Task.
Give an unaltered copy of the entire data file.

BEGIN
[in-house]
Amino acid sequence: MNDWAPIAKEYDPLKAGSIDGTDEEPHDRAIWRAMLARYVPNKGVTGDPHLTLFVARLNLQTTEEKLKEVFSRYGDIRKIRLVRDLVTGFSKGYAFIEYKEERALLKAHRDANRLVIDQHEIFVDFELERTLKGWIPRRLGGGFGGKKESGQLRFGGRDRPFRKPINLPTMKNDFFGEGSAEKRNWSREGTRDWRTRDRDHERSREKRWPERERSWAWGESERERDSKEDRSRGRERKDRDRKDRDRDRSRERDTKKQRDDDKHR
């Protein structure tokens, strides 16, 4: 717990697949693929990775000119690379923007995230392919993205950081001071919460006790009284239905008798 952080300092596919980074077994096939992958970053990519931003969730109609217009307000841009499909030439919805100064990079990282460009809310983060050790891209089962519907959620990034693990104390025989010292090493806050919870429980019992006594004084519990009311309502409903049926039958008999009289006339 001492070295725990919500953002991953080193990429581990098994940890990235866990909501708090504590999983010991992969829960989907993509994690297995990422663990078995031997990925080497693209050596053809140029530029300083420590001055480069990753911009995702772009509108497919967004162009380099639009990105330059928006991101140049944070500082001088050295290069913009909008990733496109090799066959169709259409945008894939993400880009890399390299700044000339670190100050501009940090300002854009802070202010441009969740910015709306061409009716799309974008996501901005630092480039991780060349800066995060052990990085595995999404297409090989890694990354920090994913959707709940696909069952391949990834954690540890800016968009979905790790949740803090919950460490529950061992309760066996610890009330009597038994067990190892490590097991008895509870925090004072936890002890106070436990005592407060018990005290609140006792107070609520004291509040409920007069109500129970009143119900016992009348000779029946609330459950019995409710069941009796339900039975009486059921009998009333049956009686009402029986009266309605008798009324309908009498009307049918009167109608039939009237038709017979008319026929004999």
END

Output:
[in-house]
Amino acid sequence: MNDWAPIAKEYDPLKAGSIDGTDEEPHDRAIWRAMLARYVPNKGVTGDPHLTLFVARLNLQTTEEKLKEVFSRYGDIRKIRLVRDLVTGFSKGYAFIEYKEERALLKAHRDANRLVIDQHEIFVDFELERTLKGWIPRRLGGGFGGKKESGQLRFGGRDRPFRKPINLPTMKNDFFGEGSAEKRNWSREGTRDWRTRDRDHERSREKRWPERERSWAWGESERERDSKEDRSRGRERKDRDRKDRDRDRSRERDTKKQRDDDKHR
């Protein structure tokens, strides 16, 4: 717990697949693929990775000119690379923007995230392919993205950081001071919460006790009284239905008798 952080300092596919980074077994096939992958970053990519931003969730109609217009307000841009499909030439919805100064990079990282460009809310983060050790891209089962519907959620990034693990104390025989010292090493806050919870429980019992006594004084519990009311309502409903049926039958008999009289006339 001492070295725990919500953002991953080193990429581990098994940890990235866990909501708090504590999983010991992969829960989907993509994690297995990422663990078995031997990925080497693209050596053809140029530029300083420590001055480069990753911009995702772009509108497919967004162009380099639009990105330059928006991101140049944070500082001088050295290069913009909008990733496109090799066959169709259409945008894939993400880009890399390299700044000339670190100050501009940090300002854009802070202010441009969740910015709306061409009716799309974008996501901005630092480039991780060349800066995060052990990085595995999404297409090989890694990354920090994913959707709940696909069952391949990834954690540890800016968009979905790790949740803090919950460490529950061992309760066996610890009330009597038994067990190892490590097991008895509870925090004072936890002890106070436990005592407060018990005290609140006792107070609520004291509040409920007069109500129970009143119900016992009348000779029946609330459950019995409710069941009796339900039975009486059921009998009333049956009686009402029986009266309605008798009324309908009498009307049918009167109608039939009237038709017979008319026929004999």